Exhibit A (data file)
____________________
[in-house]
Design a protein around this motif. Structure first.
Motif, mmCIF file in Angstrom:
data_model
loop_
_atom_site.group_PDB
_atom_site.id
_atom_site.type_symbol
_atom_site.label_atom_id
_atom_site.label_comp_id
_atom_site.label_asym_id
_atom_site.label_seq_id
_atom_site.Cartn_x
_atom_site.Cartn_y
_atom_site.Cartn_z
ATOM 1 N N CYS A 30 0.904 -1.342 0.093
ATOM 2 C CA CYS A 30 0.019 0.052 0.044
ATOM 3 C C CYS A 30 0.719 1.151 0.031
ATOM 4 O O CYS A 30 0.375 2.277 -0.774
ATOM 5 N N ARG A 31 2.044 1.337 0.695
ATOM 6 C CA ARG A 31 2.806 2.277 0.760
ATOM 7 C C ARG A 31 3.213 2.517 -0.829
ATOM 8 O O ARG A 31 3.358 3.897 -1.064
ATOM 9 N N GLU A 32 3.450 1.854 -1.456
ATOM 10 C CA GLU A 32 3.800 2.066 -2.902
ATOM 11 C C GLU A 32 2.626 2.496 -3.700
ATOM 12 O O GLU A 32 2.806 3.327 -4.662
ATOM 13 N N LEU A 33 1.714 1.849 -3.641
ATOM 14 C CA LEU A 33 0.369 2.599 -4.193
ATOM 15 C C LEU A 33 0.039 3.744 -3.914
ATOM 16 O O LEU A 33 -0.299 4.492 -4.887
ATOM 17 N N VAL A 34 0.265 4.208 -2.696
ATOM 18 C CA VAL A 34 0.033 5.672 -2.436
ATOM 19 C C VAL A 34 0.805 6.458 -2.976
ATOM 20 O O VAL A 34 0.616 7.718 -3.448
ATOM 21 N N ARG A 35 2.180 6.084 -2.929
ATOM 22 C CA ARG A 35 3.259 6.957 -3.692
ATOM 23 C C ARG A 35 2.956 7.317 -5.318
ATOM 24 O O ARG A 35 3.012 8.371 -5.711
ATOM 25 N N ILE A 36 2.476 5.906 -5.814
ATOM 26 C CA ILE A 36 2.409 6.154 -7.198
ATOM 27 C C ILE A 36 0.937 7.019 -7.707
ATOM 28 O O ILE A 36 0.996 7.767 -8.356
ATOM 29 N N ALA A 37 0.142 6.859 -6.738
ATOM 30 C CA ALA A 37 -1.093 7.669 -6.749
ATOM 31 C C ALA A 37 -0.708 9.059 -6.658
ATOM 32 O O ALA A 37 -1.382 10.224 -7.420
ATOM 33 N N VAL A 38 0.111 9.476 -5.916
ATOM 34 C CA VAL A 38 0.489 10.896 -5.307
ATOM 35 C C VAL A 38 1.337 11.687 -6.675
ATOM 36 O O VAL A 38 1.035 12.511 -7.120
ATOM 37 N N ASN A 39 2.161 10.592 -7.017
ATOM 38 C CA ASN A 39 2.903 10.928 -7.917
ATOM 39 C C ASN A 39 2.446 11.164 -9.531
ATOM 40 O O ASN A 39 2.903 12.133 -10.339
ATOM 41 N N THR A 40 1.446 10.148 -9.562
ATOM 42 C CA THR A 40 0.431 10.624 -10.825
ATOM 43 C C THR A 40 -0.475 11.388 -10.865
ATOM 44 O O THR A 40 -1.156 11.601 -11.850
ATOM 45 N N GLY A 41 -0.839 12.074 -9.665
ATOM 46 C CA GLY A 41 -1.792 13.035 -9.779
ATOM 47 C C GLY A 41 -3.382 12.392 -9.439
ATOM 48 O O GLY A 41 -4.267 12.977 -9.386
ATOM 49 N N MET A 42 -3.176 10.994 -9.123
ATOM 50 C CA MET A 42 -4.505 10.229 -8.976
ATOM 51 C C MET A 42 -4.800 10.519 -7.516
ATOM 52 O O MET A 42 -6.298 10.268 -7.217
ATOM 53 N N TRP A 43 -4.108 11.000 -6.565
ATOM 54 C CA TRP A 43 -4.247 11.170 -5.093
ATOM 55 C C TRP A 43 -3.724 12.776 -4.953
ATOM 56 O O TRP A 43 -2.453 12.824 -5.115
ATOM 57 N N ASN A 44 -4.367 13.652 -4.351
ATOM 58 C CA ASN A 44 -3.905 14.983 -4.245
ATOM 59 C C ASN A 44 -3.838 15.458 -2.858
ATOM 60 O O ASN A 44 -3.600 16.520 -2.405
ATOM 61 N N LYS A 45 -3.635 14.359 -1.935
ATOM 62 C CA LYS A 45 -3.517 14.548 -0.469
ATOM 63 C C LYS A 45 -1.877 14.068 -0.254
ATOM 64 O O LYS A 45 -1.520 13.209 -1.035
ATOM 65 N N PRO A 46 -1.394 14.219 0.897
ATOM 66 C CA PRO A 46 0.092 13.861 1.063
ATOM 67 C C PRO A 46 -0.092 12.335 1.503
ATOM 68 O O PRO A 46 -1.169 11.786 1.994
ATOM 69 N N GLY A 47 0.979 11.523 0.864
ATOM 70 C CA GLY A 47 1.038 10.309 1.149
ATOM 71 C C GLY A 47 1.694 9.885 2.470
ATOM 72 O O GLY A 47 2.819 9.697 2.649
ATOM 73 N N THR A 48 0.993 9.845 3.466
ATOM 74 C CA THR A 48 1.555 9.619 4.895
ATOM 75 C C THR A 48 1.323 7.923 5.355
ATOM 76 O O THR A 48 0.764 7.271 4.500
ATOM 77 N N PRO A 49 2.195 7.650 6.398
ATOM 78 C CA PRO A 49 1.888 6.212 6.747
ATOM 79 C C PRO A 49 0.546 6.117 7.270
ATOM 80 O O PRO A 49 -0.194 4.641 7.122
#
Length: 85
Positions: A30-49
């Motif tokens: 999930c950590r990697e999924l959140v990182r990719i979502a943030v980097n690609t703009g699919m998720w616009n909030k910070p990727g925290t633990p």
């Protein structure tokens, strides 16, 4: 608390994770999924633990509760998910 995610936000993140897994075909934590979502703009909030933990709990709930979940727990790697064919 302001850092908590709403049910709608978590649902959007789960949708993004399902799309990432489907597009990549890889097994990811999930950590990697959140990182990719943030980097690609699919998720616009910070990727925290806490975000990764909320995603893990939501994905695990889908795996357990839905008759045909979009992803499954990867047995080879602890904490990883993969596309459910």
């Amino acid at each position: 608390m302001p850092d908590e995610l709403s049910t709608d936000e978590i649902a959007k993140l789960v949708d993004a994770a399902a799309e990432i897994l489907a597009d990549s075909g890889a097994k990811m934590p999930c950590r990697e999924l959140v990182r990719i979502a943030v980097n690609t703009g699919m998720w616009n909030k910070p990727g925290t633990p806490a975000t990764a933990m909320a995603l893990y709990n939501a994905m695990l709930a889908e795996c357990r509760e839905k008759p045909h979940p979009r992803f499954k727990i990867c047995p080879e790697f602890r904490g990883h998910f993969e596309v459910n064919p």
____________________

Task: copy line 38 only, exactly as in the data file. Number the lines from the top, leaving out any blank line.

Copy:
ATOM 23 C C ARG A 35 2.956 7.317 -5.318